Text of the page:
In fact, a few weeks ago I walked out of the Serramonte Mall Show with a backpack containing only $22 worth of purchases. I was very proud of myself, because there were a lot of cool items I wanted.
Anyways... getting back to this weekend's show, I went there with only one thing on my mind: cheap wax boxes. I was hoping to find a $10 to $25 box of baseball cards from the 80's or 90's. Unfortunately, things didn't go as planned. I didn't find any boxes. Instead, I added a huge stack of cards to my collection. And in terms of my cardboard budget, it comes down to simple math. Even cheap cards start adding up.
1st Purchase: Five Cards & Two Sets $5
When you can pick up a mid 90's refractor of the greatest wide receiver of all-time and rookie cards of the best tight end of all-time for less than a buck, you know cardboard values aren't what they used to be.
2nd Purchase: Fifteen Inserts, Rookies, & Parallels $5
Here's proof that I'm addicted to cheap rookie and vintage cards. I must own twenty copies of that 90/91 Score Martin Brodeur, but I continue to pick them up. 2002 Finest Ed Reed rookie? Yeah, I have probably ten of those. Four copies of the 1978 Topps Thurman Munson. Two copies of the 1976 Topps Nolan Ryan. Starting to see a pattern?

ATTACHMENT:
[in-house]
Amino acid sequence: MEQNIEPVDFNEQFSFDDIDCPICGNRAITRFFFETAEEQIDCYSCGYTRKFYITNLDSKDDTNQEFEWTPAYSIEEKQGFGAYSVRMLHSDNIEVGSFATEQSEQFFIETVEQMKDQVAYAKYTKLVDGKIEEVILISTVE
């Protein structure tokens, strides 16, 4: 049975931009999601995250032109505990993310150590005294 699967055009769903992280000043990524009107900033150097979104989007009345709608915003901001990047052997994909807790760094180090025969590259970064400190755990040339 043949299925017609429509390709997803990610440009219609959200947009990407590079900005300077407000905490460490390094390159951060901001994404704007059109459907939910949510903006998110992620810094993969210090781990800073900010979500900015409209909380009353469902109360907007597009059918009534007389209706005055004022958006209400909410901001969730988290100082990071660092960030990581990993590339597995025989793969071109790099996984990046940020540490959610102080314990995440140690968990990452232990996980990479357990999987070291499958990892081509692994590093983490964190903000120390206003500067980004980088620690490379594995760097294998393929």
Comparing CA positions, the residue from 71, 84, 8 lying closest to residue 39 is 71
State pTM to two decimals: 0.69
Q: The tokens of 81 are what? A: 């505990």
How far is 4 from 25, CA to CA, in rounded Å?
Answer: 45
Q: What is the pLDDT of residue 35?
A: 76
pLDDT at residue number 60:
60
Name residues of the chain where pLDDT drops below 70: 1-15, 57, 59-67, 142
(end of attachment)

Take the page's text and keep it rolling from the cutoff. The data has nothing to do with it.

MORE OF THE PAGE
3rd Purchase: Four Cards $30
In terms of value, this was probably my worst purchase. However, it was probably my favorite. All four cards are huge PC Additions... especially the one on top. It deserves its own post, so stay tuned.
4th Purchase: Three Rookie Cards $15
Three rookie cards. Three instant PC Additions. I'm especially excited to add the Sean Taylor rookie parallel, because it's only numbered to 100.
5th Purchase: Twenty Inserts & Rookies $20
There were plenty of duplicates in this purchase and I started to get tired of scanning everything... so here are six of my favorites. Can you really go wrong with dollar bin rookie cards that include Lou Whitaker, Jack Morris, Lance Parrish, and Tim Raines? They might not be good enough to be in Cooperstown, but they're good enough to be in my collection.
At this point of the card show, I was tired and ready to go out and grab dinner. But earlier, I had seen some guys digging through this 5 cards/$1 bin and the Lawrence Taylor hologram caught my attention. I eventually saw an opening at their table and jumped in.
I found some cool inserts and rookie cards that I could justify spending 20¢ on. But one card made the experience completely worth while. Sitting in a penny sleeve was this 1982 Topps rookie card of HOFer, Lawrence Taylor:
It's off centered with a few soft corners, but it's worth the 20 pennies I paid.
Honestly... it could have been worse. I was tempted to buy a Russell Wilson autograph for my Seahawks PC, but held back. But from this point out... I need to start showing some self control pretty soon. Otherwise, I'll have to avoid card shows altogether.
Do you have a cardboard budget? Do you have any advice on sticking to one?
Happy Wednesday and sayonara!